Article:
Document Type



Background: Alterations of endocannabinoid system in adipose tissue play an important role in lipid regulation and metabolic dysfunction associated with obesity. The purpose of this study was to determine whether gene expression levels of cannabinoid type 1 receptor (CB1) and fatty acid amide hydrolase (FAAH) are different in subcutaneous abdominal and gluteal adipose tissue, and whether hypocaloric diet and aerobic exercise influence subcutaneous adipose tissue CB1 and FAAH gene expression in obese women.

Methods: Thirty overweight or obese, middle-aged women (BMI = 34.3 ± 0.8 kg/m2, age = 59 ± 1 years) underwent one of three 20-week weight loss interventions: caloric restriction only (CR, N = 9), caloric restriction plus moderate-intensity aerobic exercise (CRM, 45-50% HRR, N = 13), or caloric restriction plus vigorous-intensity aerobic exercise (CRV, 70-75% HRR, N = 8). Subcutaneous abdominal and gluteal adipose tissue samples were collected before and after the interventions to measure CB1 and FAAH gene expression.

Results: At baseline, FAAH gene expression was higher in abdominal, compared to gluteal adipose tissue (2.08 ± 0.11 vs. 1.78 ± 0.10, expressed as target gene/b-actin mRNA ratio × 10-3, P < 0.05). Compared to pre-intervention, CR did not change abdominal, but decreased gluteal CB1 (Δ = -0.82 ± 0.25, P < 0.05) and FAAH (Δ = -0.49 ± 0.14, P < 0.05) gene expression. CRM or CRV alone did not change adipose tissue CB1 and FAAH gene expression. However, combined CRM and CRV (CRM+CRV) decreased abdominal adipose tissue FAAH gene expression (Δ = -0.37 ± 0.18, P < 0.05). The changes in gluteal CB1 and abdominal FAAH gene expression levels in the CR alone and the CRM+CRV group were different (P < 0.05) or tended to be different (P = 0.10).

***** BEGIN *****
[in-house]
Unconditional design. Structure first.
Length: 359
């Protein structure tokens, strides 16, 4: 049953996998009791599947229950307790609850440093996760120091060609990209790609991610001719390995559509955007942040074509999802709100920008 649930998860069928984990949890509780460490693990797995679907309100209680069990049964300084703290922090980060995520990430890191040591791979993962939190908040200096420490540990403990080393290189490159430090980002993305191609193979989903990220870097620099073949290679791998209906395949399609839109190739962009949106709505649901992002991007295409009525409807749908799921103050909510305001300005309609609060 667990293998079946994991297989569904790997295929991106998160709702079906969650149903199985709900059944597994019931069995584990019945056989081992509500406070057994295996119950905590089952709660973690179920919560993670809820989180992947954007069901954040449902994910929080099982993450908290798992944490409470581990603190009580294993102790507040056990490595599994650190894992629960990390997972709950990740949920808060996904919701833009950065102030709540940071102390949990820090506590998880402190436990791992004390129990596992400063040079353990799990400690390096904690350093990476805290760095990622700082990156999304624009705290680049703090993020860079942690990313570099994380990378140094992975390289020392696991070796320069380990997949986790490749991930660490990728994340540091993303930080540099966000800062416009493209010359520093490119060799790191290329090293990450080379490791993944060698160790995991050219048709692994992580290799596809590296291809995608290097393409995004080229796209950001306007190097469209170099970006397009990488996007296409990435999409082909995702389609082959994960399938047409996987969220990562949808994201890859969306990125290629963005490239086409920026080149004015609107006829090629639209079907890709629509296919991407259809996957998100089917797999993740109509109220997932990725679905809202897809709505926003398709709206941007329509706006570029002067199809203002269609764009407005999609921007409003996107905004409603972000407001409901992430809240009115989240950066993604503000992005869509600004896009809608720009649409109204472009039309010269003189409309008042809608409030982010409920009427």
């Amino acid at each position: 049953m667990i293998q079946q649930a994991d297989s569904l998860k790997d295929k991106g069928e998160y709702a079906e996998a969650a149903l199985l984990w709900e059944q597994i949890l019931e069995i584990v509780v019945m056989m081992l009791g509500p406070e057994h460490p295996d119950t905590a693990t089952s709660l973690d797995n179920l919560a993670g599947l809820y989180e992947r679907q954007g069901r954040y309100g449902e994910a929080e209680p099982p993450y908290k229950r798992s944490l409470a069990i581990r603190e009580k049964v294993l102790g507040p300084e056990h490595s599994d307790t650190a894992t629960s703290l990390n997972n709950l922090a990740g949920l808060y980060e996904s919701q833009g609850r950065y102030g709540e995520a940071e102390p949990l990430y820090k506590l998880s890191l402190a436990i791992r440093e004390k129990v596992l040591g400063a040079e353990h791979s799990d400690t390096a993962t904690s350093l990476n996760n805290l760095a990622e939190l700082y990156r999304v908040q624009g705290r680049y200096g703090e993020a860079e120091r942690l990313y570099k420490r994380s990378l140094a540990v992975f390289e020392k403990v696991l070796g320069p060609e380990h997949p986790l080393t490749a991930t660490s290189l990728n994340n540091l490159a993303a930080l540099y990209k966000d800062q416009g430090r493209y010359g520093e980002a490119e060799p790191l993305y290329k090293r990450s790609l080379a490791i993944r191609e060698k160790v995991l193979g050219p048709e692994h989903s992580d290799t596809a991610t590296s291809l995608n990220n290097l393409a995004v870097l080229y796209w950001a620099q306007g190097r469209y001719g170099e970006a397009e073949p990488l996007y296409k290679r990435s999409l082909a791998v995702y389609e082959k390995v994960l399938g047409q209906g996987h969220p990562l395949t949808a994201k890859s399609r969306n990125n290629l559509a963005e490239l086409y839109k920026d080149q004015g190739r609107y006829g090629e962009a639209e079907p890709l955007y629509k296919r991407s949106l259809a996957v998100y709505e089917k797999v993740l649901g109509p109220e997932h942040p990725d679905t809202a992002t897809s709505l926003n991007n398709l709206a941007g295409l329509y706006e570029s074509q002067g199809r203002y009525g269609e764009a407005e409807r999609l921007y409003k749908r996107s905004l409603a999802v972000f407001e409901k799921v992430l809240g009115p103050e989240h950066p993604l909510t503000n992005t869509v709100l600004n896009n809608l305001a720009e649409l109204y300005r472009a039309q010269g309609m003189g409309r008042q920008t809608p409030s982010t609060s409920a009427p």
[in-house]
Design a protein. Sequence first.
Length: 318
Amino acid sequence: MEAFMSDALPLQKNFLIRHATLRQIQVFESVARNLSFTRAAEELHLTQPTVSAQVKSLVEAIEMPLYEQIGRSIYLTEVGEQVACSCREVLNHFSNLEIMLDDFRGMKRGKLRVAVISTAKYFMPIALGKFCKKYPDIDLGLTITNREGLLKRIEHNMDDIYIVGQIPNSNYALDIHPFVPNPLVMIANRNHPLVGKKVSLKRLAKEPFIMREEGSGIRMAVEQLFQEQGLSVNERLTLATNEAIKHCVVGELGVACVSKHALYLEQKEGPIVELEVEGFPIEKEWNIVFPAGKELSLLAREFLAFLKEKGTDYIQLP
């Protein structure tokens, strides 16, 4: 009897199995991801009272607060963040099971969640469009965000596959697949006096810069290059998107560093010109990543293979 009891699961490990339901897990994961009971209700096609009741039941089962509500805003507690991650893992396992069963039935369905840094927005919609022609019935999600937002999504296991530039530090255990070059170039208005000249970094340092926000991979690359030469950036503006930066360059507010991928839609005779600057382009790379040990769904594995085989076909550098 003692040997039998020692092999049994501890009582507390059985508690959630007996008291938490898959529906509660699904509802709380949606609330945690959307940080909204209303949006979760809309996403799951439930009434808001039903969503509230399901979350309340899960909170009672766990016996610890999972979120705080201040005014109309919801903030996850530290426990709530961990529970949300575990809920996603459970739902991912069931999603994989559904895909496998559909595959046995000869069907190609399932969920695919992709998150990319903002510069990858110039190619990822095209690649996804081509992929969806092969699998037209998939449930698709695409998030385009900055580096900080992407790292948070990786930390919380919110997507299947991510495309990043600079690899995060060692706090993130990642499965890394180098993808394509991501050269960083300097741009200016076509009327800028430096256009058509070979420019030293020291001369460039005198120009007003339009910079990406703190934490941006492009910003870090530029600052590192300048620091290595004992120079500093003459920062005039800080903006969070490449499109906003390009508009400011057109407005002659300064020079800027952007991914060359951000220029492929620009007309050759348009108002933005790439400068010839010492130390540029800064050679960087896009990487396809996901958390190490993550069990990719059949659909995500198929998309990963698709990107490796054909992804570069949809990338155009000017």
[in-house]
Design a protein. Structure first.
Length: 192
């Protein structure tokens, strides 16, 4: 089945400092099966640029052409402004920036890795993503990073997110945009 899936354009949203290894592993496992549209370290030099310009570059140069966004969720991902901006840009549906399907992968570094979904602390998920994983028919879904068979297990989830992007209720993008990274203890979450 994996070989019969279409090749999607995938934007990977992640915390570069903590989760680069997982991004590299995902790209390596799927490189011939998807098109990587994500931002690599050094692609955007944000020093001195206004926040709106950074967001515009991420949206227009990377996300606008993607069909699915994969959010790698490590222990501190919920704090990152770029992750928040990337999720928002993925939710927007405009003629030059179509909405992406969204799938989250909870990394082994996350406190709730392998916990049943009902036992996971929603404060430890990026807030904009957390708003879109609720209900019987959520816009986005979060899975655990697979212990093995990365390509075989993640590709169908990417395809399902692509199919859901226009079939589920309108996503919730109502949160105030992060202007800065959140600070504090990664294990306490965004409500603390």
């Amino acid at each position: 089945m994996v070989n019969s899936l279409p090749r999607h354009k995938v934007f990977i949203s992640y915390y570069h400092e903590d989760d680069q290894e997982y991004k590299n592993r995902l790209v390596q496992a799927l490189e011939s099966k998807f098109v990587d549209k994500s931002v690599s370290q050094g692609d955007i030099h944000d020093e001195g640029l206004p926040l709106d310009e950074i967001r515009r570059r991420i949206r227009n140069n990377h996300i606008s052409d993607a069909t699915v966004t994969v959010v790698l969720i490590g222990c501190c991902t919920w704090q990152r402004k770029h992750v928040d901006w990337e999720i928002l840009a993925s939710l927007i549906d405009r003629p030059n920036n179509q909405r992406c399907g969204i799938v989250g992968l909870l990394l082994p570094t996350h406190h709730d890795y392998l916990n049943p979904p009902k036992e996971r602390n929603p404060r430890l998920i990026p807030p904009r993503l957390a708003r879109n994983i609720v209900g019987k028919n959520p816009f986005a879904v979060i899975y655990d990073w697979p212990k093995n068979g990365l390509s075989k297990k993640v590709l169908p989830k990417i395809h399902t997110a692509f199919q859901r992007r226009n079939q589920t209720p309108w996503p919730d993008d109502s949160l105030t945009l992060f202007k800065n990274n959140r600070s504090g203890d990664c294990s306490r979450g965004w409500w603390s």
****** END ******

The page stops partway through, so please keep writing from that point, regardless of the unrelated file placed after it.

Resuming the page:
Conclusions: There are depot differences in subcutaneous adipose tissue endocannabinoid system gene expression in obese individuals. Aerobic exercise training may preferentially modulate abdominal adipose tissue endocannabinoid-related gene expression during dietary weight loss.

Included in

Public Health Commons